Holy Habits has been positive for Kate’s own ministry too: ‘The benefit for me is that it’s freed me from the lectionary – perhaps I shouldn’t say that! When I started preaching, I committed myself to preaching from the lectionary for the majority of the time. I’ve enjoyed being freed from that and I’ve enjoyed the way in which the booklets have encouraged me to think about how people can embed these habits in their daily lives. We always have this challenge: how to ensure that what people experience on Sundays doesn’t drain away as they walk out through the church doors; how to ensure that what they’ve learned lives in them daily, wherever they happen to be. Holy Habits has encouraged us to think more about that.

 ‘Holy Habits has run alongside another initiative we had in the circuit to encourage the churches to look more at their mission and to do some thinking and some vision action planning. It’s interesting to see where those two things have come together: where studying a particular habit has encouraged a church to think, maybe, that as part of our mission we could start a mums and toddlers group, or we could support our local food bank more, or we could do this, that or the other. That’s been a real benefit, encouraging churches to think through not only how they’re living out the habits in their daily lives, but also how they’re helping their communities.’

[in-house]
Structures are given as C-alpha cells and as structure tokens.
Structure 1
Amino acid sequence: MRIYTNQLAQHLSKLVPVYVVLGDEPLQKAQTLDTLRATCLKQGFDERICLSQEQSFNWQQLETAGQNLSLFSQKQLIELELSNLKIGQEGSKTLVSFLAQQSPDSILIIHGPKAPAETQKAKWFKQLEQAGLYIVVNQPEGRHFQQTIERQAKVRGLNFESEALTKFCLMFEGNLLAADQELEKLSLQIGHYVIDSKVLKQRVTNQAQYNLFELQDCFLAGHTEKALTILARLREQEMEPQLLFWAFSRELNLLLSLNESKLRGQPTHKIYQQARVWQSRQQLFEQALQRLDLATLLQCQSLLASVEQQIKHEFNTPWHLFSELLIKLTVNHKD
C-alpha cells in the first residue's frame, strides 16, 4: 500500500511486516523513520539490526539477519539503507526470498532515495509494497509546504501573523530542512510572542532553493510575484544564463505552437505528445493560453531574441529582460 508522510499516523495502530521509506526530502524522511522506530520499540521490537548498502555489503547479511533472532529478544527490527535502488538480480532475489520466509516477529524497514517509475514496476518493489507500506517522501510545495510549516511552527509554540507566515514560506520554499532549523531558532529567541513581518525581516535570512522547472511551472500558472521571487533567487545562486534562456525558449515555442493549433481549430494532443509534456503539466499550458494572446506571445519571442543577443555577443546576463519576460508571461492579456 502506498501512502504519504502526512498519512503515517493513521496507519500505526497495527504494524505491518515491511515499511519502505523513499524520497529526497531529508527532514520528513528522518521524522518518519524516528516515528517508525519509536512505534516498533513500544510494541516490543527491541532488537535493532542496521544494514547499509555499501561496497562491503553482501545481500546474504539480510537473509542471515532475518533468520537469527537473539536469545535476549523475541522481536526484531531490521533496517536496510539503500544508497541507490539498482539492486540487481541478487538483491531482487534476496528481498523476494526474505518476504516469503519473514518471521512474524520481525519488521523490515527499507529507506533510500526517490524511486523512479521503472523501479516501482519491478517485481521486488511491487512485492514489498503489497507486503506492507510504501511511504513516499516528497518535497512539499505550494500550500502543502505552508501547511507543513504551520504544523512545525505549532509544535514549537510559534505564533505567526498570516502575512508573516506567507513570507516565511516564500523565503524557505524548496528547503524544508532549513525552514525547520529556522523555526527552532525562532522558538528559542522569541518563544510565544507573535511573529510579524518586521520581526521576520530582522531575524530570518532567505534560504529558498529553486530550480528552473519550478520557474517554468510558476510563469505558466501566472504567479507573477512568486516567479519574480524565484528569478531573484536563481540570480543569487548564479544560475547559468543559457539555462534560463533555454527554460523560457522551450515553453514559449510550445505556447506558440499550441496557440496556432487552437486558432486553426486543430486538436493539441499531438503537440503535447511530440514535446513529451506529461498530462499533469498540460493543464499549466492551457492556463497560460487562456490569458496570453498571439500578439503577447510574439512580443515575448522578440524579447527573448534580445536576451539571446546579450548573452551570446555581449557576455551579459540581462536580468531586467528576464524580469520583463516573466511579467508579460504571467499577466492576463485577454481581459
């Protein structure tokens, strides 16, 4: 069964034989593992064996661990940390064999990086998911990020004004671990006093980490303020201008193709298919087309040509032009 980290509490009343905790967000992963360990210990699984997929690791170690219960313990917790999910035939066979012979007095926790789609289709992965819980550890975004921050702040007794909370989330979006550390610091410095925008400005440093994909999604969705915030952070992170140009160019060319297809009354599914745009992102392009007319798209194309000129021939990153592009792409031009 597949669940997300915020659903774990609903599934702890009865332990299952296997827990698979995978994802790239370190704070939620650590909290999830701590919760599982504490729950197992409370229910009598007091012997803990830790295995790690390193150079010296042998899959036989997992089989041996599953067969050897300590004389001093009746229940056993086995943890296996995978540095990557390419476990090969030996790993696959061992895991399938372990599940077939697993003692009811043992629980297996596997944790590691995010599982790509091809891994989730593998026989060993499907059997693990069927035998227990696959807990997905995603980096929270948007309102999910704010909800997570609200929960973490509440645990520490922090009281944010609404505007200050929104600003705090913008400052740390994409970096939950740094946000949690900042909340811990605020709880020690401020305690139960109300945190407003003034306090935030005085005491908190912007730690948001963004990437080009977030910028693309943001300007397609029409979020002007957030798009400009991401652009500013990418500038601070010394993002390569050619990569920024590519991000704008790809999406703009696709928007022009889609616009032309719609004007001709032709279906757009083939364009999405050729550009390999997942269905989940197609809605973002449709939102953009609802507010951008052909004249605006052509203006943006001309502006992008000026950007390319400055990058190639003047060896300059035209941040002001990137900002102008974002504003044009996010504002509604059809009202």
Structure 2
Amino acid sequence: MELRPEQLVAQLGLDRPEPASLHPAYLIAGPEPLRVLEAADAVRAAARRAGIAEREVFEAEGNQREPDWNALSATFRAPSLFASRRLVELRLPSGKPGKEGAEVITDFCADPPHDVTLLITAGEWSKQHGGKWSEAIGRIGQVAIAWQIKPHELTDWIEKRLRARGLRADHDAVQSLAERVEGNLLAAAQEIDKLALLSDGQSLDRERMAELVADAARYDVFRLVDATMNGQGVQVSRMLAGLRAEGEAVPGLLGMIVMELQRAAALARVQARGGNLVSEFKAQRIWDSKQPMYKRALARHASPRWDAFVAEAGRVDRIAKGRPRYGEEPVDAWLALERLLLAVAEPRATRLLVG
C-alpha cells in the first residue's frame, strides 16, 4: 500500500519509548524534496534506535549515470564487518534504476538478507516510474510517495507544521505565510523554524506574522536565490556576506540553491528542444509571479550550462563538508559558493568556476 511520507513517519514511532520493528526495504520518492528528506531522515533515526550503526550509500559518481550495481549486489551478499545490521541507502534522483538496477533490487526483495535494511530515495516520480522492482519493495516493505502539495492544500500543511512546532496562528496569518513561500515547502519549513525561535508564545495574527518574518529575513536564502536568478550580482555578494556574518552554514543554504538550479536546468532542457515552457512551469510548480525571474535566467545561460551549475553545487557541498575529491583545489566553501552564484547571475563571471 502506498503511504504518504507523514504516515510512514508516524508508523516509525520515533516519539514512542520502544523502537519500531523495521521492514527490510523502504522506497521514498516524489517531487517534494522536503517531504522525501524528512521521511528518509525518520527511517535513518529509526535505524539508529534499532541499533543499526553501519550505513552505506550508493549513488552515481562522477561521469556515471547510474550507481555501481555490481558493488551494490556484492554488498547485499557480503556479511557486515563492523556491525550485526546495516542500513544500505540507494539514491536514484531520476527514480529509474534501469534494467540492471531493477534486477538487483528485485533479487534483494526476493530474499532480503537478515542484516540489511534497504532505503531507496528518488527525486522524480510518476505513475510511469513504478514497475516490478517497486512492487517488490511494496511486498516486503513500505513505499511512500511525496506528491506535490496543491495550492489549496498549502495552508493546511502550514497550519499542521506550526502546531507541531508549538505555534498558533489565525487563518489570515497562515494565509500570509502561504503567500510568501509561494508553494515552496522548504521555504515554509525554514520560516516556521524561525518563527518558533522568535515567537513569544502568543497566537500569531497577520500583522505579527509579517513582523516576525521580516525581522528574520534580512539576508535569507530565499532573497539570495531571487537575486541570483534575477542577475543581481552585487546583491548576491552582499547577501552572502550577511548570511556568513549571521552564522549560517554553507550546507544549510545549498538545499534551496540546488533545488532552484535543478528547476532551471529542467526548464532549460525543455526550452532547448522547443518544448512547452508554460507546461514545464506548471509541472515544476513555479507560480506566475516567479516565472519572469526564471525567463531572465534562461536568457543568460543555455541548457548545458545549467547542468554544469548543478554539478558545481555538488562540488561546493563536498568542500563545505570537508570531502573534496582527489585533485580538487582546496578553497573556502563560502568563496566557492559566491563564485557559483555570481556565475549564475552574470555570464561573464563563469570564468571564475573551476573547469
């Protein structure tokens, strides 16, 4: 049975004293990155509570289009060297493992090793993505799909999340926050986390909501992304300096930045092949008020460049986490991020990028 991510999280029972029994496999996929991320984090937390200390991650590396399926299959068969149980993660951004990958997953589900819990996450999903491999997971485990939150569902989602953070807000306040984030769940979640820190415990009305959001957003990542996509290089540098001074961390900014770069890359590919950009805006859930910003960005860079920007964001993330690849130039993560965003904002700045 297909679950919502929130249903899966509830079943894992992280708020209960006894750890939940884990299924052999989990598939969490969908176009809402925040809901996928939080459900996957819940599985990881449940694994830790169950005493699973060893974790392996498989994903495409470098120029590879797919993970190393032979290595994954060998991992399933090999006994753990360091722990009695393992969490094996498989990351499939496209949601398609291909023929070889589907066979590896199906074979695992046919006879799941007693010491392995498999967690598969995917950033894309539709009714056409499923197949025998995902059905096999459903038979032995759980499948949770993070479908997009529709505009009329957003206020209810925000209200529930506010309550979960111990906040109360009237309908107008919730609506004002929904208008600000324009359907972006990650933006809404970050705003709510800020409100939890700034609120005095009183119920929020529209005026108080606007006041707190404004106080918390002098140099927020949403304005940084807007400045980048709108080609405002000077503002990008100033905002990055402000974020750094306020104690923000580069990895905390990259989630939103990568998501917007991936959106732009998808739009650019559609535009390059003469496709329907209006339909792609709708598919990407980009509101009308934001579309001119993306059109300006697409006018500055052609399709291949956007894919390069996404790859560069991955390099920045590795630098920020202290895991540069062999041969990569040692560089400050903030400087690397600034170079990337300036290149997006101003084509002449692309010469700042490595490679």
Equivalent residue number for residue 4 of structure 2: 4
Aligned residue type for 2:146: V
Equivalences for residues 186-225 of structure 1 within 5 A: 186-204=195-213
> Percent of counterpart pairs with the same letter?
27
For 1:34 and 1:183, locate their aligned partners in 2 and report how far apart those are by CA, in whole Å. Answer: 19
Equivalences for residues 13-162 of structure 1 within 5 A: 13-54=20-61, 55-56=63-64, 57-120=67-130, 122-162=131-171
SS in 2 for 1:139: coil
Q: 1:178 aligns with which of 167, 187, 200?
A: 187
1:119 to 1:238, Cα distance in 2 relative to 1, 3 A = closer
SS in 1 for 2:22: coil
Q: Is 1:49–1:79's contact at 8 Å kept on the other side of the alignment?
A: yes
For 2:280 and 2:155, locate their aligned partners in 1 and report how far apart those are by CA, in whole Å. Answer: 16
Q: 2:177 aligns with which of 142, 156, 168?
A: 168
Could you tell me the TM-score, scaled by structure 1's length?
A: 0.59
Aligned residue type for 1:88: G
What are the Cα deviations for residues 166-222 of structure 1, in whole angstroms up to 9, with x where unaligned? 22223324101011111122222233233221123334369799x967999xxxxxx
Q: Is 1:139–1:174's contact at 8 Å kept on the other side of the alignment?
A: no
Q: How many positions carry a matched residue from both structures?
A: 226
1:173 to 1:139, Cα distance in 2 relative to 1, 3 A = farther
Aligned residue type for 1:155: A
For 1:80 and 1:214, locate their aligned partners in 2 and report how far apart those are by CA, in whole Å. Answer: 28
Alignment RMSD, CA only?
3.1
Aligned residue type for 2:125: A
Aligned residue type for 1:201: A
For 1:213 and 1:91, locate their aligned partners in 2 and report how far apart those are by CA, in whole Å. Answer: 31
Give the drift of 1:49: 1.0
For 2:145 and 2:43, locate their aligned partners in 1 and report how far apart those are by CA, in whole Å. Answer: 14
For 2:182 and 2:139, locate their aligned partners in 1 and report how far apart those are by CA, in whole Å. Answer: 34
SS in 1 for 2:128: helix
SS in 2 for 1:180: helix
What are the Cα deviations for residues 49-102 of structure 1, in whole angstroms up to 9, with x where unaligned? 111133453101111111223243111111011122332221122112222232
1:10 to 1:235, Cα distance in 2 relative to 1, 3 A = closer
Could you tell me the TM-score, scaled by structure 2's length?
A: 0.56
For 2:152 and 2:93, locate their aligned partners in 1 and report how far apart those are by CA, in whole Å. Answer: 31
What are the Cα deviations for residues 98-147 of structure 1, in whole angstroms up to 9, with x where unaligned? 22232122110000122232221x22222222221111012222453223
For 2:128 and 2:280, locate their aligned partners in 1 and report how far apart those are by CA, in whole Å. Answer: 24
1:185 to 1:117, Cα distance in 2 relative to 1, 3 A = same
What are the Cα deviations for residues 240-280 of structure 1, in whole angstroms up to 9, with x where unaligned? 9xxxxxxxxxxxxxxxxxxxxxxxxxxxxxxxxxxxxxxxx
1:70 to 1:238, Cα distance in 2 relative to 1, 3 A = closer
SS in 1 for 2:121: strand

Holy Habits has been a rich and varied learning experience: ‘We have tried to root Holy Habits in the different contexts, but I do think we could have done more if we’d been smarter. It often happens: you do something and then you think, “Oh, we could have done that instead.” But that’s all part of the learning curve. In hindsight, we could have spent longer thinking about how we would do this in practice and how we could make the most of the resources on offer. But it was as it was.’